Sunday, November 22, 2009

Educate people about PAGASA

In one of my posts written at the height of Ondoy, I've mentioned how I feel for PAGASA, our country's weather forecasting agency. PAGASA is one of the most popular agencies in our lifetime. As a kid, I would want to befriend PAG-ASA, the bringer of no-classes news. Of course I was selfish then, it's different now as an adult, when I've become more mature and understand how storms could devastate our lands. Now I thank that we have PAGASA to warn us, but apparently they're receiving bad publicity, which continue to tarnish their reputation. They're the most convenient agency to blame when shit happens and they're practically defenseless.

The agency's reputation depends in informing public about weather calamities in forms of heavy rainfall, floods, devastation and sea faring incidents. But for the most recent weather calamities, people begin to easily blame the agency when the news and warnings are delayed when in fact it's not. We belittle the agency's efforts to warn us hours before branding them exaggerated. Then we also get mad when PAGASA forecasts a heavy storm when in fact nothing arrives.

I don't know the nitty gritty aspects the agency works on, but I am quite confident that, just like with the rest of our agencies here, PAGASA lacks good equipment. Therefore they cannot efficiently predict all aspects of the weather like the amount of rainfall that could've been useful when Ondoy struck us. If ever they have available apparatus, I'm pretty sure it's not that technologically advanced. That goes the same with their other facilities, communication device and exposure to public because of certain budget constraints and lack of prioritization.

And the cue word that most people forget is they FORECAST. PREDICT. They make calculated and scientific predictions based on analysis of salient information brought by their equipment and scientific knowledge. They cannot exactly know the MIND of the storm. No matter how scientific, even calculaed predictions can be turned 360 degrees because naturally, just like how god made them, STORMS are very unpredictable. Storms could appear suddenly giving minimal time to prepare or it could be hovering like a giant cloud of destruction for days and just disappear.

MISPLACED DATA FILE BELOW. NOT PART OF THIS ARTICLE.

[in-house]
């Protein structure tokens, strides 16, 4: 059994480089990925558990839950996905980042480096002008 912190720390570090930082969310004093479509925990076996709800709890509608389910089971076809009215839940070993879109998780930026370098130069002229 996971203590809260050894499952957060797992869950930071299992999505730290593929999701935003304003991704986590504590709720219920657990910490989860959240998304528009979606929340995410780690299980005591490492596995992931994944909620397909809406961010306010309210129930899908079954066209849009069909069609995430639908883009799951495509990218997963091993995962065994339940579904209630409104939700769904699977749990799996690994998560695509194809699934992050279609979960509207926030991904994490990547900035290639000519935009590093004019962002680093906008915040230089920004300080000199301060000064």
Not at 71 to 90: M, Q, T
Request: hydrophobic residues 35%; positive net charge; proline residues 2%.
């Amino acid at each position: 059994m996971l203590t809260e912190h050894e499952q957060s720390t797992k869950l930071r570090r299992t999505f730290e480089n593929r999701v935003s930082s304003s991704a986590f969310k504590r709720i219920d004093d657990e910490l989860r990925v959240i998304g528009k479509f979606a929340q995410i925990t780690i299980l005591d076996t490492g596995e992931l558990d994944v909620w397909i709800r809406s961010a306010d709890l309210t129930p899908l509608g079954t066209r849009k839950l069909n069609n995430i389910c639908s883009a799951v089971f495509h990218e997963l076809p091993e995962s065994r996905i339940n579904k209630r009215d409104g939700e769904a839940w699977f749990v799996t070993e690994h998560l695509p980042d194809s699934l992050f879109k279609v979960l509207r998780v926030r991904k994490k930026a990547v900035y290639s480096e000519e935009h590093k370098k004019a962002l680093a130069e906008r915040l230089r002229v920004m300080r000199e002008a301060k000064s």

Whenever PAGASA sends out information, I'm confident that they know better. Experience and specific knowledge are what put them in service. It's the majority of people who do not give them due credit and who do not try to factor in PAGASA's limitations. That's why I feel sad when people lambast them in social networking sites and make fun an agency, a rightful and scientific agency. Even actual form of science makes mistakes sometimes, what more if they're dealing with calculated prediction of the unpredictable? I also hate it when people belittle the warnings just because the agency, as they say, has lost its credibility. Credibility is such a harsh term given PAGASA's circumstances. Why can't people just be thankful that they were given a chance to prepare; and just hope the forecast would remain just a forecast?

I am still confident with PAGASA. It's unfair that they are receiving overly bad publicity because people do not understand what they're going through and what they're about. What other agencies can we rightfully depend on? Let them do their jobs, and I am sure in their hearts, they're doing it well. Let's just understand their shortcomings and current situation. Let's be educated and not be judgmental. Because no matter how you see them, we still need this agency.

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